Amis Tries to Convert Hitchens to Agnosticism

Andrew Sullivan posted this excerpt from Martin Amis’ foreword to The Quotable Hitchens: From Alcohol to Zionism–The Very Best of Christopher Hitchens. Amis and Hitchens were very dear friends for nearly their entire lives. And while I think he here misunderstands the distinction between an agnostic and an atheist, I think his affection for his friend and the mastery of the written word that he shared with him shines through.

“My dear Hitch: there has been much wild talk, among the believers, about your impending embrace of the sacred and the supernatural. This is of course insane. But I still hope to convert you, by sheer force of zealotry, to my own persuasion: agnosticism. In your seminal book, God Is Not Great, you put very little distance between the agnostic and the atheist; and what divides you and me (to quote Nabokov yet again) is a rut that any frog could straddle. ‘The measure of an education,’ you write elsewhere, ‘is that you acquire some idea of the extent of your ignorance.’ And that’s all that ‘agnosticism’ really means: it is an acknowledgment of ignorance. Such a fractional shift (and I know you won’t make it) would seem to me consonant with your character – with your acceptance of inconsistencies and contradictions, with your intellectual romanticism, and with your love of life, which I have come to regard as superior to my own.

The atheistic position merits an adjective that no one would dream of applying to you: it is lenten. And agnosticism, I respectfully suggest, is a slightly more logical and decorous response to our situation – to the indecipherable grandeur of what is now being (hesitantly) called the multiverse. The science of cosmology is an awesome construct, while remaining embarrassingly incomplete and approximate; and over the last 30 years it has garnered little but a series of humiliations. So when I hear a man declare himself to be an atheist, I sometimes think of the enterprising termite who, while continuing to go about his tasks, declares himself to be an individualist. It cannot be altogether frivolous or wishful to talk of a ‘higher intelligence’ – because the cosmos is itself a higher intelligence, in the simple sense that we do not and cannot understand it.

Anyway, we do not know what is going to happen to you, and to everyone else who will ever live on this planet. Your corporeal existence, O Hitch, derives from the elements released by supernovae, by exploding stars. Stellar fire was your womb, and stellar fire will be your grave: a just course for one who has always blazed so brightly. The parent star, that steady-state H-bomb we call the sun, will eventually turn from yellow dwarf to red giant, and will swell out to consume what is left of us, about six billion years from now.”

Regardless of the disagreement over semantics, I’m just in awe of Amis, as I always was with Hitch, and his exceptional wordcraft.

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  • abb3w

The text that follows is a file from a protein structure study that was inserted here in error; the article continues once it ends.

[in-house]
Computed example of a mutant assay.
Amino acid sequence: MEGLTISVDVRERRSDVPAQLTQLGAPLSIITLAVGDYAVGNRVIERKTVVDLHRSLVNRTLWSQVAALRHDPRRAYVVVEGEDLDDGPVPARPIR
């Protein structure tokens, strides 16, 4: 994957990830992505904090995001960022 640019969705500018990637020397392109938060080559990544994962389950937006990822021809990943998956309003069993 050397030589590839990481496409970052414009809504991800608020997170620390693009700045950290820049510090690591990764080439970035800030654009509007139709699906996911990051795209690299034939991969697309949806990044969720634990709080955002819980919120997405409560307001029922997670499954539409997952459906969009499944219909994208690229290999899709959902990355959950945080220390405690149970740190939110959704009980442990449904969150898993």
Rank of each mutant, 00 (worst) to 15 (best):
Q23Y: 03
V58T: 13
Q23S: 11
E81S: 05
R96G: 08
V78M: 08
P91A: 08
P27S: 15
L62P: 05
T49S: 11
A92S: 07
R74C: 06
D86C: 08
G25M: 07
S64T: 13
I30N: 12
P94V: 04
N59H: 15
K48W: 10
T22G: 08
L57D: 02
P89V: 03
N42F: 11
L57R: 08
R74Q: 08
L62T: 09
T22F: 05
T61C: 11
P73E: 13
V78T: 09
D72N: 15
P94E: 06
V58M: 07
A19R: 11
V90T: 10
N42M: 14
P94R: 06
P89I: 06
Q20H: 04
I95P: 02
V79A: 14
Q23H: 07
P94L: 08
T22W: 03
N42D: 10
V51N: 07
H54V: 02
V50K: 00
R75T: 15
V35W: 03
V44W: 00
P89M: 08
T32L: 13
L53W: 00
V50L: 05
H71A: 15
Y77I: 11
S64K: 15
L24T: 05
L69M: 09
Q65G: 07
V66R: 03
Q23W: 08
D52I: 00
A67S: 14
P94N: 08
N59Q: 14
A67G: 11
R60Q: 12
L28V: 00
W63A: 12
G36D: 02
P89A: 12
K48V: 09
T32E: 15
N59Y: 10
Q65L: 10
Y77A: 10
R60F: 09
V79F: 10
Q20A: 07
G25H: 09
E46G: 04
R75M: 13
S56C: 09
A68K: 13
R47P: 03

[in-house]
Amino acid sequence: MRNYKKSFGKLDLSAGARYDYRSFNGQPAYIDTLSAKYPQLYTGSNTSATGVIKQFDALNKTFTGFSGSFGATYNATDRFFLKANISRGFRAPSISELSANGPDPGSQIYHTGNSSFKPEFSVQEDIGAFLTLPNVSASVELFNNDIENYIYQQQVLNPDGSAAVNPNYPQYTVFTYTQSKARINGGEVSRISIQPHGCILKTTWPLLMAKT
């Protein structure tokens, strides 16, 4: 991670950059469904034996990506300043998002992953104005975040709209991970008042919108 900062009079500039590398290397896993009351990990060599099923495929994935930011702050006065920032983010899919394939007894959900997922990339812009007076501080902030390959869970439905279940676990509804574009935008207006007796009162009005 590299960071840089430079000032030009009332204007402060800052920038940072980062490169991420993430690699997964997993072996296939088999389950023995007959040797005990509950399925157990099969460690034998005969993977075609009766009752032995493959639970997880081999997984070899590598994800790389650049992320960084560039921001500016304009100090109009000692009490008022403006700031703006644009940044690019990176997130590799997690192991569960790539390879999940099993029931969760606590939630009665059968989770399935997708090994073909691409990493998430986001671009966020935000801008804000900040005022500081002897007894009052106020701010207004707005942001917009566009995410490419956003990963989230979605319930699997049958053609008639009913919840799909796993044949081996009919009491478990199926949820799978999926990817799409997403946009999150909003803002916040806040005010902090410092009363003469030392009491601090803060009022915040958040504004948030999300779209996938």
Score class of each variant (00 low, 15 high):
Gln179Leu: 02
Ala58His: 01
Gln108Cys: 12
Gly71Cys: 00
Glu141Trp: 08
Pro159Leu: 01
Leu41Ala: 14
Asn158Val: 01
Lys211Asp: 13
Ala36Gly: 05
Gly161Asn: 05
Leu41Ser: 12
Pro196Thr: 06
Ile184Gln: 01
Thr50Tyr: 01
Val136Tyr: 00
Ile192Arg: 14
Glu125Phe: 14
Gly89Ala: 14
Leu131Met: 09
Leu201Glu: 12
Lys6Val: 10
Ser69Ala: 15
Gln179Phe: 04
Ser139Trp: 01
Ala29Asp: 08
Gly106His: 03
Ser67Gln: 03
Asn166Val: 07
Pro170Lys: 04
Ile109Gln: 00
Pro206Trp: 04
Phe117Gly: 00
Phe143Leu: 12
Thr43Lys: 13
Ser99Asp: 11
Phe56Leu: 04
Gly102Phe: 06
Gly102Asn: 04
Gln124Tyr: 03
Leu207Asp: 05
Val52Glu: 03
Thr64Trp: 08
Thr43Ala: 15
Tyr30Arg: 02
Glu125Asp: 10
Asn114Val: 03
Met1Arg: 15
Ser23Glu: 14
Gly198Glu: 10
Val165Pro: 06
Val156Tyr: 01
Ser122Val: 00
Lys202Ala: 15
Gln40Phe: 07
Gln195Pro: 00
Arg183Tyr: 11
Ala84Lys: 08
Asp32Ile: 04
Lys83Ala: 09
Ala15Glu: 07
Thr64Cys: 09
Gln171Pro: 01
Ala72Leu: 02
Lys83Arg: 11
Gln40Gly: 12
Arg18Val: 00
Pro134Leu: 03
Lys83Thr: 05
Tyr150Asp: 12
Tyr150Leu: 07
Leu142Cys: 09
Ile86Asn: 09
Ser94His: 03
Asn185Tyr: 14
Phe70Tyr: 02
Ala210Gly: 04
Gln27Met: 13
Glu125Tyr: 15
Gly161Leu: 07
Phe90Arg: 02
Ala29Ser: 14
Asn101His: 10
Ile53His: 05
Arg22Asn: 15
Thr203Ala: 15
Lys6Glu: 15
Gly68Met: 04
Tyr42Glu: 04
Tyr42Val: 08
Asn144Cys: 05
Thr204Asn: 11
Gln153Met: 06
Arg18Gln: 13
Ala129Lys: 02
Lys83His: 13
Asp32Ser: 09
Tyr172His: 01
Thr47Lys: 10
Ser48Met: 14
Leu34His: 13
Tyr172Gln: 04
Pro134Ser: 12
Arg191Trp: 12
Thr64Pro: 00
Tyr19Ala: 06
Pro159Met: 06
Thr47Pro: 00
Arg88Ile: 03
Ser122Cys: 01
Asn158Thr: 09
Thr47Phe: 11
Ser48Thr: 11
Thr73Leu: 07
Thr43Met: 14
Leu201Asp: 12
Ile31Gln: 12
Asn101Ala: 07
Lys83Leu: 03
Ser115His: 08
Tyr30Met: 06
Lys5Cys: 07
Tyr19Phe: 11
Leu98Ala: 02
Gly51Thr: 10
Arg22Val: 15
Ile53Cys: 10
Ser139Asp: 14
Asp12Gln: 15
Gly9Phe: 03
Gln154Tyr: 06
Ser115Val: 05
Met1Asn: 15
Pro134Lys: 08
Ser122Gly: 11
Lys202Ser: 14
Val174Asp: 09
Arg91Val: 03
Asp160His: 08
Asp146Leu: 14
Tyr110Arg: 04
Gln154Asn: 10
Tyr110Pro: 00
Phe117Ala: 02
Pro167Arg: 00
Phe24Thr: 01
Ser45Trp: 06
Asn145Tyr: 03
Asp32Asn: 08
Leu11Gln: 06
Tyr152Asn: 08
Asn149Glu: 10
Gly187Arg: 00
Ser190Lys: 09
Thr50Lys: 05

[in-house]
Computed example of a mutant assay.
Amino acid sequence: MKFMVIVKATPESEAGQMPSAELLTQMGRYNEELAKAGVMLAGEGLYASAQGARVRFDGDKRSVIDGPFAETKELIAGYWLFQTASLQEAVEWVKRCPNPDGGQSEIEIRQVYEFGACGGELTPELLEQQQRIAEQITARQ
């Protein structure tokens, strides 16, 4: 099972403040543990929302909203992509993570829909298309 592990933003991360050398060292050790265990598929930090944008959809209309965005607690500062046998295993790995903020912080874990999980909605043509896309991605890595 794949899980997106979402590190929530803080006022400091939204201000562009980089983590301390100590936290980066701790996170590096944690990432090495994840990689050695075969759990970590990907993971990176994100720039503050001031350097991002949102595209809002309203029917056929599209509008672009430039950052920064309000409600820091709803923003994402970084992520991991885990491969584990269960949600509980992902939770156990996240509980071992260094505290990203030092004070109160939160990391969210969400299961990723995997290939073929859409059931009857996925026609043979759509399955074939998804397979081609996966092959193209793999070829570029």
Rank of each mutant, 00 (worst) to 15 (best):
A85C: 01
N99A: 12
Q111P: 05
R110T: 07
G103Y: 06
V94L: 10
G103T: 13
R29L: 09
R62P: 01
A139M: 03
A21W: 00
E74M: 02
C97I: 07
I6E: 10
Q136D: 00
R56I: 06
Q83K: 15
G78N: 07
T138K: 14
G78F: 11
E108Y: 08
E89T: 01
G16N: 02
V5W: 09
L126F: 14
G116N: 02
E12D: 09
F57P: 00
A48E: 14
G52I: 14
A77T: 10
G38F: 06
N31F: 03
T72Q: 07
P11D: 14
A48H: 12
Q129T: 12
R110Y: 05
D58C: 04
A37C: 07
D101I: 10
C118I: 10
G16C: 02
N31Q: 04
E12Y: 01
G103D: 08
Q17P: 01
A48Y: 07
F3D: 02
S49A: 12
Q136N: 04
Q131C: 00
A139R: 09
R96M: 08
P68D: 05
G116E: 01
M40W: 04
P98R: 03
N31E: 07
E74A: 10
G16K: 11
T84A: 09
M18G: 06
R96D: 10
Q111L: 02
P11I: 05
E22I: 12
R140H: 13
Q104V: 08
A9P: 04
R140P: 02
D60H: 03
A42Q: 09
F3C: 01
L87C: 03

“Zealous agnostic”? My head hurts….

  • Chiroptera

    And agnosticism, I respectfully suggest, is a slightly more logical and decorous response to our situation….

    I wonder why people who claim that agnosticism is more logical, they don’t also seem to apply their agnosticism to the existence of werewolves and leprechauns.

  • colnago80

    Referring to the Sun as yellow dwarf is at odds with what we know about the nature of stars. In actuality, contrary to popular opinion, the Sun is rather larger and more luminous then the average star in the Milky Way galaxy. Hardly a dwarf.

  • Synfandel

    Gosh, it’s just so big and complex. Therefore, maybe there’s a god.

    We’ve all heard variations on this feeble apologia. Even Carl Sagan flirted with it. Meh.

  • doublereed

    It’s hard for me to appreciate just because I find that argument so annoying.

  • jws1

    Still like Aron Ra’s opinion on the atheist-agnostic question.

  • brucemartin

    Amis’s view would have been sensible if he lived in a world where many people were agnostic about unicorns, etc.

    While the word agnostic may have been invented by Huxley, and Amis and any one person can define it as they wish, in practice all words in a language are defined by the usage patterns of those who use that word. And most people do not use the word agnostic to describe their unicorn opinions. I know some who do, but not most people.

  • Pierce R. Butler

    … the enterprising termite who, while continuing to go about his tasks…

    I had thought that most worker termites were female, as with ants, but the wikipfft fails to discuss this (not even using the word “female”once), and almost everything else a search returns has to do with killing ’em, not peering between their little legs.

    … the cosmos is itself a higher intelligence, in the simple sense that we do not and cannot understand it.

    By which logic a single cell in a cat’s tail is a higher intelligence than a human’s brain, even that of a leading cytologist.

    And colnago80 @ # 3 already beat me to the punch about that “yellow dwarf” boo-boo.

    I suppose Hitchens was willing to prioritize floweriness over factuality, at least when in the service of flattery.

  • hexidecima

    ” It cannot be altogether frivolous or wishful to talk of a ‘higher intelligence’ – because the cosmos is itself a higher intelligence, in the simple sense that we do not and cannot understand it.”